The leak sensitive particles are introduced into the gas stream present in the pipeline in an inert gas bolus. Typically the gas present in the pipeline is natural gas and the inert gas is nitrogen. The particles that are sensitive to leaks are monitored through instruments that are installed at various positions along the length of the gas pipeline.
The nitrogen gas bolus containing the leak sensitive particles will travel through the length of the pipeline. The leak sensitive particles will possess certain optical characteristics that can be measured through the instrumentation detectors and sensors placed along the length of the pipeline. This instrumentation would typically be fiber optic based sensors. When the leak sensitive particles encounter a leak in the pipeline, they will escape from the pipeline and enter the atmosphere. This loss will cause a change in their optical characteristics and signal which is measured by the fiber optic based sensors. Once measured, the fiber optic based sensors will transmit this data through a wireless network to a control center thereby alerting the pipeline operator. The data received will enable the operator to determine the location and relative severity of the leak in the pipeline.
When a pig is employed, it is typically a multifunctional deformable soft pig that can be positioned in front of the nitrogen bolus and receive signals from the leak sensitive particles present in the nitrogen. The pig can serve two functions then, namely, assisting in cleaning deposits off the interior sides of the pipeline and containing receivers and transmitters for receiving data from the leak sensitive particles and transmitting the data to a control center for operator review.
The pig may be made of a deformable core material that is a shape memory effect (SME) polymer foam. Polymers such as polytetrafluoroethylene (PFTE), polylactide (PLA) and ethylene-vinyl acetate (EVA) in combination with other materials which release latent heat of crystallization could be effective SMEs. It is anticipated that a silicone combined with a wax and a salt could produce a hybrid SME which could be a multiple-stimuli responsive SME. For example, utilizing the latent heat generated during the crystallization of salt the polymer hybrid matrix could self-heat for shape change/recovery. The initialization of crystallization in a room temperature liquid could be generated through a gentle disturbance or pressure. A wax could therefore be selected which is brittle at room temperature thus an impact/pressure induced material could be designed.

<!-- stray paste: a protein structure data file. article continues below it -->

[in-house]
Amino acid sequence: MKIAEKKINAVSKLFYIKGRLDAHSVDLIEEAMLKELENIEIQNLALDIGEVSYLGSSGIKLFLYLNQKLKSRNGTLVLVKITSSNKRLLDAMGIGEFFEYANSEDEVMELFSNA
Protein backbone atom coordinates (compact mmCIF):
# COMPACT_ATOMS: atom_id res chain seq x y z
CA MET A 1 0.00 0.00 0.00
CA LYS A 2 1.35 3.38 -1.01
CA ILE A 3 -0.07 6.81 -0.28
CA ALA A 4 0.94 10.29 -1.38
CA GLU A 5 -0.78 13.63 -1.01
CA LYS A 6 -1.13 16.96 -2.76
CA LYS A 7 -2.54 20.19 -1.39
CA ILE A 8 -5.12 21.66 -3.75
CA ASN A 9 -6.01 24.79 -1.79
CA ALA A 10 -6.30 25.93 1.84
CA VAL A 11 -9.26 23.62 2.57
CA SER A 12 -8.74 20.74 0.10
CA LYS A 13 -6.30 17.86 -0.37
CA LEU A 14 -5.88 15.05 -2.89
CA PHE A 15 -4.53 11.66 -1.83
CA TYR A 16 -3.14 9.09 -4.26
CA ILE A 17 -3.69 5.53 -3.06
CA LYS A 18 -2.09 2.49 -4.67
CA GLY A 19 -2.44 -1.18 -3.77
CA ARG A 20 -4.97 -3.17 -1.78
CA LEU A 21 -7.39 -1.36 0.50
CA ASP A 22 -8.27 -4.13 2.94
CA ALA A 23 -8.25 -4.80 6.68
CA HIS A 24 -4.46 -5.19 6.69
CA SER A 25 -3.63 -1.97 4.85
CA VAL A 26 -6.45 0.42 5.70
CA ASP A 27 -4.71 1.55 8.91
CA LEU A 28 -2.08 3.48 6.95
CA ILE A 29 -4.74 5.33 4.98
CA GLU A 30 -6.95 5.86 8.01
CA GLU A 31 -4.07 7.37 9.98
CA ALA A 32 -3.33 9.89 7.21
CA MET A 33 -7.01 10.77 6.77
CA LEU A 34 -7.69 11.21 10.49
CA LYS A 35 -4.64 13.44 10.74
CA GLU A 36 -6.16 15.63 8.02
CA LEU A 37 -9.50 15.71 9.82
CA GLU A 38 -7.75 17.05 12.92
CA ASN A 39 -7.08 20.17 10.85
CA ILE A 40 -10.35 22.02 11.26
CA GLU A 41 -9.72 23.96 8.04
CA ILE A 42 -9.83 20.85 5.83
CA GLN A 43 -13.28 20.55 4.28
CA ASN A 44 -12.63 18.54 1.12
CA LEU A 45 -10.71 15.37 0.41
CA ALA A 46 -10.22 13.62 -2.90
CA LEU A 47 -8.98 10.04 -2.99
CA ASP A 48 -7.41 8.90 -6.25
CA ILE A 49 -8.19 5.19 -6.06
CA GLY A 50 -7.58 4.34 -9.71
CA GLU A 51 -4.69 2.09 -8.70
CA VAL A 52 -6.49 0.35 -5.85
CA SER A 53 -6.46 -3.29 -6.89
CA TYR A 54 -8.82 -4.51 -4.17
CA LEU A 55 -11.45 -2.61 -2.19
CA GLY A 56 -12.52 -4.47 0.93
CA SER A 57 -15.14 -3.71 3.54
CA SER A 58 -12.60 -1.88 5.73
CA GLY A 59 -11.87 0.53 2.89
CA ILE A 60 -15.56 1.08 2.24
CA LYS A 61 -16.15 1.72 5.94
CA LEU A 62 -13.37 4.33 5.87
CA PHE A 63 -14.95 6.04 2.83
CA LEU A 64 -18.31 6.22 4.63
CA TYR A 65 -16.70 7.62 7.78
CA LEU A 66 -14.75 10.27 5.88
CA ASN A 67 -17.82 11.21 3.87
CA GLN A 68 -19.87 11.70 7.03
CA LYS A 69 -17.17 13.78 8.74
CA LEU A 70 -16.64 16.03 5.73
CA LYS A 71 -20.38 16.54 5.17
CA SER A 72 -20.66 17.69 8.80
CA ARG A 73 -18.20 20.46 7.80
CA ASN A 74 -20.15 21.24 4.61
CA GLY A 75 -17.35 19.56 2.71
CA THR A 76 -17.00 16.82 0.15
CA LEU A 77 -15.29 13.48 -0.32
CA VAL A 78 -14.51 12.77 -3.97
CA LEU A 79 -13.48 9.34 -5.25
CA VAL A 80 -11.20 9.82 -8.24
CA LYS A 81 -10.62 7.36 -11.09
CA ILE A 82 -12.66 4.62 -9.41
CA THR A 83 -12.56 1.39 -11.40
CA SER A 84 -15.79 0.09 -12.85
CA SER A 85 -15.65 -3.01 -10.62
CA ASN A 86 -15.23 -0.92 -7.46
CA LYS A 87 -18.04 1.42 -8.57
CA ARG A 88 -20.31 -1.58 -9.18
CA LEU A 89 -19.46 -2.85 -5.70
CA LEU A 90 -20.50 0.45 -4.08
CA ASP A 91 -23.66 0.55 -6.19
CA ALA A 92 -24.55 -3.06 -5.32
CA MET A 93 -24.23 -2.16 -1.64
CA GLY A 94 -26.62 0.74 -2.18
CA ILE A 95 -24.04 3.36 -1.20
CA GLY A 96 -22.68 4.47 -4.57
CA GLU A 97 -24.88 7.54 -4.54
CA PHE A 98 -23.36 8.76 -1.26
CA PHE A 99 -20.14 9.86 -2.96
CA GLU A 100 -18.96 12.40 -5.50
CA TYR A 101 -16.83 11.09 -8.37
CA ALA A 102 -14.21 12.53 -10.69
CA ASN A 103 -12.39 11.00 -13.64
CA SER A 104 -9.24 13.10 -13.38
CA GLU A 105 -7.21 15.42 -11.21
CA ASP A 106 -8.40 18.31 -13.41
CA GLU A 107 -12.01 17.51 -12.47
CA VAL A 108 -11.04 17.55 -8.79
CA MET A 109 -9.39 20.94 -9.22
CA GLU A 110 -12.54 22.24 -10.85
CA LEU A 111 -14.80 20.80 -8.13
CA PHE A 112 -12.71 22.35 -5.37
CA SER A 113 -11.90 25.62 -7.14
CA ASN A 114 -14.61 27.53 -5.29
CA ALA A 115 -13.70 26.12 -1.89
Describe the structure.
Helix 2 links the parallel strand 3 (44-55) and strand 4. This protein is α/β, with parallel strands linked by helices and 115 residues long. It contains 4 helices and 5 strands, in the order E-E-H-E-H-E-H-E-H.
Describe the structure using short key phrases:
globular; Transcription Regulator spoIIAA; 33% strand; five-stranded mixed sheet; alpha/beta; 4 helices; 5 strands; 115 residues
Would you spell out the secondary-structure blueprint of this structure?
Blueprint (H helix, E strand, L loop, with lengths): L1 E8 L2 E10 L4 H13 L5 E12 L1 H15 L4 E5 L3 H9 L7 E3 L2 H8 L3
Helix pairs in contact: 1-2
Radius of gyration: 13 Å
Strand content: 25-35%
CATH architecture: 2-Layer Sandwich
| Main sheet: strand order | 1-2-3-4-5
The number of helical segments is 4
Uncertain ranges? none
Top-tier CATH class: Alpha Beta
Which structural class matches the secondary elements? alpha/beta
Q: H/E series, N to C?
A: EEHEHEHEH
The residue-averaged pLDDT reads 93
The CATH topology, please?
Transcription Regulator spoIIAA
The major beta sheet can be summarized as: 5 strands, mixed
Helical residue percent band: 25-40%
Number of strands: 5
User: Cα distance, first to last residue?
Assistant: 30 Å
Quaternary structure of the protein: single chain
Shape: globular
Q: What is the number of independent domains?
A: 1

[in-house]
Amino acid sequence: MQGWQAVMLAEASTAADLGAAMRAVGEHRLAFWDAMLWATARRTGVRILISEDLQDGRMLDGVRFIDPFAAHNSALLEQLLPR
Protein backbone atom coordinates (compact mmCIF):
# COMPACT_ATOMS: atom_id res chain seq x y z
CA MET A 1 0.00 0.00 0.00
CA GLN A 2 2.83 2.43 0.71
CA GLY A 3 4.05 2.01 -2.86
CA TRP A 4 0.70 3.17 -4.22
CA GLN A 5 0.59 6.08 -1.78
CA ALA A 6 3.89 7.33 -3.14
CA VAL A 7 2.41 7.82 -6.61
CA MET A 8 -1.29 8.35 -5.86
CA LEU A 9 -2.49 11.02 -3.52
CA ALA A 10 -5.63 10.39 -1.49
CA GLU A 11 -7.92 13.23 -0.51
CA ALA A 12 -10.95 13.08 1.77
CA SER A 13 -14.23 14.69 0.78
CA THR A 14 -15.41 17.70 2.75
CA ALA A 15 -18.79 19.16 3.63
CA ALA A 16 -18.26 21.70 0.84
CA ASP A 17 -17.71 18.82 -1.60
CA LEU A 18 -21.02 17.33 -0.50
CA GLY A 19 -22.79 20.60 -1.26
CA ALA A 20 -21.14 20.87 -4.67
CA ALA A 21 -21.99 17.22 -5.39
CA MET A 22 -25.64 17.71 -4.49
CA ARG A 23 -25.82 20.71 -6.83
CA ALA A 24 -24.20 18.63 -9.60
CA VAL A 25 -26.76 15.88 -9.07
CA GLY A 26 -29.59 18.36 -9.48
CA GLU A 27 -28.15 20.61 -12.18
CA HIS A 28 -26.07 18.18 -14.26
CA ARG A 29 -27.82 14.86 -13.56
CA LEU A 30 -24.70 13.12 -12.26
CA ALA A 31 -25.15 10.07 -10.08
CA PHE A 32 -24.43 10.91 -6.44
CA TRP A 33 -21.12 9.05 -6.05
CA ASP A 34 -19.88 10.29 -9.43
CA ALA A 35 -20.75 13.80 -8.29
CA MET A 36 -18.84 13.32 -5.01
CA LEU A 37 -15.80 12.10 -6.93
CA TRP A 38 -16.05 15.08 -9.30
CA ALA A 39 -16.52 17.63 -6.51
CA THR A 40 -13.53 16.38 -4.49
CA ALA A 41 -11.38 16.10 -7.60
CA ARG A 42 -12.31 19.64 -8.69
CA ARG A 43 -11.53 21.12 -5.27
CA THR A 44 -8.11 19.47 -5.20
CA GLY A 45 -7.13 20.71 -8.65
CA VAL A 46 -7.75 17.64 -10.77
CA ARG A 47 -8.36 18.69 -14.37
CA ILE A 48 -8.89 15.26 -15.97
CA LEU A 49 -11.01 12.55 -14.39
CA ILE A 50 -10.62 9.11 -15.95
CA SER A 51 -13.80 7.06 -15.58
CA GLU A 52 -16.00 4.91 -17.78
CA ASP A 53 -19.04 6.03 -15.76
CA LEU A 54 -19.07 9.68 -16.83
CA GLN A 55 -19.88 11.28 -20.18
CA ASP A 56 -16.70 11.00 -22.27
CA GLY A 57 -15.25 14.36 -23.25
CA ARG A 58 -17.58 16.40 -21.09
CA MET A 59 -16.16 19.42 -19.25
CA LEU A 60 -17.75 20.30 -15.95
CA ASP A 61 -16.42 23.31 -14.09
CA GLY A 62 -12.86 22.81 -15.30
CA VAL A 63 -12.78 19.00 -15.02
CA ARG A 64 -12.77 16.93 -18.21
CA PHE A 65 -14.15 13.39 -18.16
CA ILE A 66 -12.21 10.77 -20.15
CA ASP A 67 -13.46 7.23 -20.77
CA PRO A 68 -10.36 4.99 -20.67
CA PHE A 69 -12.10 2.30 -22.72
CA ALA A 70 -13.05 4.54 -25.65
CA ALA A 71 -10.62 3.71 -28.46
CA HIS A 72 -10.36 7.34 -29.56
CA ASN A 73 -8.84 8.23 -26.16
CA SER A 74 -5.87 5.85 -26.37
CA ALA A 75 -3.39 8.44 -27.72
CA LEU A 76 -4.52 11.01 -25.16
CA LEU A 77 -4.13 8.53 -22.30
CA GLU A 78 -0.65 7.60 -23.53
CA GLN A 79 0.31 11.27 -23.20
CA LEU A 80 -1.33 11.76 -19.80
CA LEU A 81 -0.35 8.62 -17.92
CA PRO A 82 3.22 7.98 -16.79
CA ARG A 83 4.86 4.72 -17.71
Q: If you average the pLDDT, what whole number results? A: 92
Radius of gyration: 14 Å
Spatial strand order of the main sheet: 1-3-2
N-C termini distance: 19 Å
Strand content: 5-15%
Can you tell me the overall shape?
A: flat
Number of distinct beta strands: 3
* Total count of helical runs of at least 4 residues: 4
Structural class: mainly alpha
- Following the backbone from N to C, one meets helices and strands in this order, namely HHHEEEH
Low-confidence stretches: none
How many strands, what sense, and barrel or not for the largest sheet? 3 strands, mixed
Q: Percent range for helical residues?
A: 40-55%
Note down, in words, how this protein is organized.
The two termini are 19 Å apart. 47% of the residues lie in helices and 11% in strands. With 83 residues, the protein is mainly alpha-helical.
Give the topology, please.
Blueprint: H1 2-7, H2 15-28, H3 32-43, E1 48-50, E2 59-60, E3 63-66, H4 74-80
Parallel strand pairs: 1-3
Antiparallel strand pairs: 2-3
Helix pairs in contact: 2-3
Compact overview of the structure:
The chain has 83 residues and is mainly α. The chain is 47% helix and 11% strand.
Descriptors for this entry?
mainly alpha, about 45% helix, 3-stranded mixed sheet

The pig may also be used as an intelligent pig whereby electronics and sensors that collect various forms of data during its trip through the pipeline. So for example, the deformable foam material may be fitted with sensors or devices for the monitoring of corrosion or pipeline defects; release of corrosion inhibitor; internal pipeline imaging; data transmission; and micro-motion sensor to generate power for the instruments.
The leak sensitive particles are designed particularly for the methods of the present invention. The leak sensitive particles are typically nano-scale in size, ranging from about 100 to 500 nanometers. A functional molecule of organic or inorganic origin will be immobilized or attached to the core of the nano-scale size particle. This core could be silica for example. The attachment or encapsulation of luminescent molecules in or with the silica increases their photostability and emission quantum due to their isolation from possible quenchers. As such, the coupling will provide a bright and stable luminescent entity.